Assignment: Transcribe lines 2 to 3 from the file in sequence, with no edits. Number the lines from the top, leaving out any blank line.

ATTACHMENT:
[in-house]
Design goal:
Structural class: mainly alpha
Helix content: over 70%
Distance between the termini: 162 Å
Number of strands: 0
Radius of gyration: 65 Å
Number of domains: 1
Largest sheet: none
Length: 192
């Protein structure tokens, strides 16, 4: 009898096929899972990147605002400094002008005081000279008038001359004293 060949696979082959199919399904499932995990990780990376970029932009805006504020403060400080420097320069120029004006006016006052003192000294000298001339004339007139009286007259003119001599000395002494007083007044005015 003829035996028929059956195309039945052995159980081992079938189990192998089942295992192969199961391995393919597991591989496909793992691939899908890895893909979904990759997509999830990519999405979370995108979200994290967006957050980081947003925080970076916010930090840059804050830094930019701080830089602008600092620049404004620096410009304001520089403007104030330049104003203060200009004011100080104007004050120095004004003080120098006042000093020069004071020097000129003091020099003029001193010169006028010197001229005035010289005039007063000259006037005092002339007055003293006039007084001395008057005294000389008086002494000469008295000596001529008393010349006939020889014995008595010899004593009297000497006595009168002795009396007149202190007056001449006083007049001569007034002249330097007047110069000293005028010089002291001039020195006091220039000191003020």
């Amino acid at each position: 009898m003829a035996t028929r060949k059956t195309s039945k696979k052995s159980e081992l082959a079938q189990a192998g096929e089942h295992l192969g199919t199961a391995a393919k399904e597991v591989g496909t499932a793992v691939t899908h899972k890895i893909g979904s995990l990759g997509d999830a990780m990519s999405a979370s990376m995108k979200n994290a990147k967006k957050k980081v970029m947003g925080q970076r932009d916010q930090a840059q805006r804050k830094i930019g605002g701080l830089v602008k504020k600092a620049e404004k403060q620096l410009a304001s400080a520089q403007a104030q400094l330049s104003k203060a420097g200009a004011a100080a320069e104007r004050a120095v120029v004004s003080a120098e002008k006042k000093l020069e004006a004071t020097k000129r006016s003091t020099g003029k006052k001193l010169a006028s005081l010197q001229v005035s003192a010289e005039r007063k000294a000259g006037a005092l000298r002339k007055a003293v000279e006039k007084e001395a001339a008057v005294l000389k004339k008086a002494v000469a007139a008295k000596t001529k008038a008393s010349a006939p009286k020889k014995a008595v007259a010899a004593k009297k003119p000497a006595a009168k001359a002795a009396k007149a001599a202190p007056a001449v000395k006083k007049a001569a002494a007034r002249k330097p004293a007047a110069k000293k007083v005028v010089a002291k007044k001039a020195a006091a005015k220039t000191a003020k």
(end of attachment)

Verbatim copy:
Design goal:
Structural class: mainly alpha